This is achieved by depositing the article on the author’s web page or in a suitable public repository, often after a specified embargo period. The version deposited should be the Accepted Manuscript. Publishers typically impose different conditions, but it should be noted that many OA mandates (such as the NIH public access policy) specify the Accepted Manuscript in their requirements unless the publisher allows the Version of Record. Refer to the table below for details.
This is achieved by making the published Version of Record freely available on the publisher’s online platform. It is furthermore increasingly required that to qualify as Open Access, the article should be published under a license that allows others to reuse or republish the content without the explicit permission of the copyright holder. There is much contention amongst OA advocates over the specific license that should be used. Note that the phrase ‘Gold OA’ is not associated with any explicit financial model, and does not imply the ‘pay to publish’ model, as is sometimes assumed. Indeed, many Gold OA journals charge no fees, though it is notable that the larger Gold OA journals, and almost all of those published by larger professional publishers, typically do impose an Article Processing Charge (APC) on the author's institution or funding body. Cambridge currently charges $2700 for OA in most hybrid journals and fees ranging between no charge and $1600 in the full OA journals.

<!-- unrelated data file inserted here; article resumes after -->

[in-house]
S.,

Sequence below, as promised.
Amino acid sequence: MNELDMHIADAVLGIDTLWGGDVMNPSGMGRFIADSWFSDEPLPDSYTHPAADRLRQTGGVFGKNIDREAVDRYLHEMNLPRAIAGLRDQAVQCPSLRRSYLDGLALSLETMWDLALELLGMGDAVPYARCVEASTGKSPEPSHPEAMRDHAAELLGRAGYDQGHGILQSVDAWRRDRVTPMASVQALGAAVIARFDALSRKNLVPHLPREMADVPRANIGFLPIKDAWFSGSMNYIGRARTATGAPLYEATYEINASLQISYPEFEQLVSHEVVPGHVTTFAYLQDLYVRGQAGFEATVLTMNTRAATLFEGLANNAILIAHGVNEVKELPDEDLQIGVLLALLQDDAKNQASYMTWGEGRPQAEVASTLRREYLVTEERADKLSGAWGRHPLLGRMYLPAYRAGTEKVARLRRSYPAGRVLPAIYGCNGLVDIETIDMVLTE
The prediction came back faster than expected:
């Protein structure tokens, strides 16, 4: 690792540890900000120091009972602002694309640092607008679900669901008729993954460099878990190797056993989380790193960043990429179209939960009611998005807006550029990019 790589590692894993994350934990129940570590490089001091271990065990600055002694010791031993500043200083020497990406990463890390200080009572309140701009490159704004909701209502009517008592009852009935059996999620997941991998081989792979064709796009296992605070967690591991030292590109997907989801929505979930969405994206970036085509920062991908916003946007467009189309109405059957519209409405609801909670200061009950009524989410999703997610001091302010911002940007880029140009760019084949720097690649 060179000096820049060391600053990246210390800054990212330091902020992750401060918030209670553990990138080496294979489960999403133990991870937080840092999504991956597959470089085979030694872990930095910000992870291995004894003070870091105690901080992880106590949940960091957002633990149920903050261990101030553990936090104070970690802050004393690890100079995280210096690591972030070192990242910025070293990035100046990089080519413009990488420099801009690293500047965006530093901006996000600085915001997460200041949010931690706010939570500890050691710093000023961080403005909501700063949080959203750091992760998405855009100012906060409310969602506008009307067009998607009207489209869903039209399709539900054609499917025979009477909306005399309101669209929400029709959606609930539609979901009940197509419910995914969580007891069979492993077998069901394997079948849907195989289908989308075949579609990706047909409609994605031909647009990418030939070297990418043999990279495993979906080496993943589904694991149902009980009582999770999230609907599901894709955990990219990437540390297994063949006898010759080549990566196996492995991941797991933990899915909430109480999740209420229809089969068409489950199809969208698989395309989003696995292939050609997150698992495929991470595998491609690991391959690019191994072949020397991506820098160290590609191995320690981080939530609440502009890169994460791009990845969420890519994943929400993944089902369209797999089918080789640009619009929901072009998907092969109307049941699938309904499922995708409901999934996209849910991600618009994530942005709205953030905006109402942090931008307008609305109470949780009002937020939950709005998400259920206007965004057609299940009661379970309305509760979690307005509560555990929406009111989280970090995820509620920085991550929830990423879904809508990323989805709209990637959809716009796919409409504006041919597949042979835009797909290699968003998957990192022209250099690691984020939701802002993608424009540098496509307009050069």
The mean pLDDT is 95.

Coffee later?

The version of the article that has been accepted for publication in the journal. Cambridge University Press takes permanent responsibility for the article. Content and layout follow Cambridge University Press’s submission requirements. This version may have been revised following peer review but may be subject to further editorial input by Cambridge University Press.
A fixed version of the article that has been made available by Cambridge University Press (or the Society that owns the journal) by formally and exclusively declaring the article “published”. This includes any FirstView article that is formally identified as being published before the compilation of a volume issue and assignment of associated metadata, as long as it is citable via some permanent identifier(s). This does not include any ‘early release’ article that has not yet been fixed by processes that are still to be applied, such as copy-editing, proof corrections, layout, and typesetting. The VoR includes any corrected or enhanced VoR.